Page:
Home  |  What's New  |  Features  |  Gallery  |  Reviews  |  Reference  |  Forum  |  Search

MiGs Over North Vietnam

Hikoki Publications

 S u m m a r y

Title and Author:

MiGs Over North Vietnam by Roger Boniface
Hikoki Publications


Hard Cover, 176 pages




GBP 29.95 availabe from Midland Counties or US$54.95 from Specialty Press

Review Type:

First Read


Very detailed history of the VPAF in combat, including many first hand accounts by those involved


Some bias against the US does creep in at times


Taking advantage of the willingness of some of the most successful veterans of the VPAF to finally give their side of the story, Boniface provides an interesting perspective on what has previously been a one sided history.

Reviewed by Ken Bowes

HyperScale is proudly supported by Squadron.com




Hikoki publications from the UK, which is now a part of the well known military history publishers Crecy, is well renowned for extremely high quality publications concerning a range of esoteric subjects. This book by Roger Boniface chronically the history of the Vietnamese People’s Air Force in their David and Goliath struggle against the US Air Force and Navy from 1965 to 1975 is no exception. Starting from a brief description of the origins of the VPAF in 1949 and background to the nationalist struggle which  became the Vietnam War, Boniface chronicles the tribulations of the VPAF from the Gulf of Tonkin Incident to the fall of Saigon over ten years later, a period when the VPAF would rarely be able to muster more than 50 serviceable fighters, many the dated MiG-17 and MiG-19 and sustain losses that saw units wiped out. In the end the VPAF would lose 262 aircrew whilst according to Vietnamese records scored between 261 to 319 kills shared between 105 to 126 pilots.



Boniface follows a conventional and systematic approach to this book, with the opening chapters examining the Vietnamese perspective of Rolling Thunder, the middle section covering activities in the lull between the bombing halt of 1968 and the resumption of air strikes in 1972 and final sections covering the intense air combat that erupted in that year as President Nixon sought to coerce the North Vietnamese to cease their aggression against the South whilst achieving peace with honour for the United States. Each section is a combination of researched accounts, first person experiences and analysis which is easy to read and comprehensive in its approach. Accompanying the text are many illustrations sourced from the VPAF museum including aircraft and pilots as well as maps and graphs to explain tactics and support the flow of the account. For the modellers there are some lovely colour profiles of all VPAF aircraft including camouflage notes, photographs and history of the airframe that will all help in constructing a model of any of the types from the AN-2 to MiG-21.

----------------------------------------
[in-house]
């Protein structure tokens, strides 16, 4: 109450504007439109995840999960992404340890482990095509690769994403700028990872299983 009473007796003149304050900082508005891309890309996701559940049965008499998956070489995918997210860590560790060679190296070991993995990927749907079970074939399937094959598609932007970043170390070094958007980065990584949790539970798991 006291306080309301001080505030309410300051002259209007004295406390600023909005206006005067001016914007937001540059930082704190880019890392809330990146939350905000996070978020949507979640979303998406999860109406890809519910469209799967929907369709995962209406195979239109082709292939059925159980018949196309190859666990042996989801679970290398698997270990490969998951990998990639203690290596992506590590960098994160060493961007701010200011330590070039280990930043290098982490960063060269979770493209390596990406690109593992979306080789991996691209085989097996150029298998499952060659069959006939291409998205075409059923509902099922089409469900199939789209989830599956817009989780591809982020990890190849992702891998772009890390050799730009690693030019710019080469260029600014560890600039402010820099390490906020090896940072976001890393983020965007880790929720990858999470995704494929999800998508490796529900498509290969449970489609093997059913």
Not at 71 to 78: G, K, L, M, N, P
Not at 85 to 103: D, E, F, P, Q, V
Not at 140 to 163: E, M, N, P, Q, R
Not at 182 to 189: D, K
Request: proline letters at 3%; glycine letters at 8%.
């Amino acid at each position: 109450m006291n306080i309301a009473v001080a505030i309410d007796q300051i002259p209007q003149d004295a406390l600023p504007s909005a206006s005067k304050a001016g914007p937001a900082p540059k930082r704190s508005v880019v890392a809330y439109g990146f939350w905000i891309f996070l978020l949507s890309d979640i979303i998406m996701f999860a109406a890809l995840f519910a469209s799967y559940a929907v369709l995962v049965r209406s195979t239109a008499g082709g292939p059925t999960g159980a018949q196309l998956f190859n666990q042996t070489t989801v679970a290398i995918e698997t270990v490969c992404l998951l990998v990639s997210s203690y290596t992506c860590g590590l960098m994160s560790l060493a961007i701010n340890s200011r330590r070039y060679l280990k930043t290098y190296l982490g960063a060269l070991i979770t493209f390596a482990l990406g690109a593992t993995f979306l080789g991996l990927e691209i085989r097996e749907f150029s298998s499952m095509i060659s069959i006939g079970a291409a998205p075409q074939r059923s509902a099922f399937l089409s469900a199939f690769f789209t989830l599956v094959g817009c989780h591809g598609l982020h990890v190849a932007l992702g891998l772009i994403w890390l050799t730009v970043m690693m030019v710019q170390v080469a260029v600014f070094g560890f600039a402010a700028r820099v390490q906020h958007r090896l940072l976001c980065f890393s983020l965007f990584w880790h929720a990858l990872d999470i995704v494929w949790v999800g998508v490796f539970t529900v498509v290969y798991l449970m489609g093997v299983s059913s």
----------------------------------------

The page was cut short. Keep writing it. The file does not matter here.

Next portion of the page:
This book arrived at a time when I was researching a staff college paper on Operation Rolling Thunder and thus had read extensively from the US perspective only just before opening this volume. From that I was able to see that broadly speaking the narrative is consistent, differing in small areas. The one most obvious deviation was in the years of 1967 and 1972 when the USAF and USN claimed 74 and 73 kills versus 45 and 40 admitted losses from the VPAF, included here Boniface casts doubt of some of the most well known engagements of the war including some of the kills claimed by Steve Ritchie and Randall Cunningham. Despite this Boniface tries to maintain balance in competing accounts, and only drifts from this when quoting from diaries including descriptions of the Christmas Bombings of 1972. This aside, there is much to recommend this book to modellers and military history buffs as a high quality, well researched and beautifully presented book.

Review Copyright 2009 by Ken Bowes
This Page Created on 10 April, 2009
Last updated 10 April, 2009

Back to HyperScale Main Page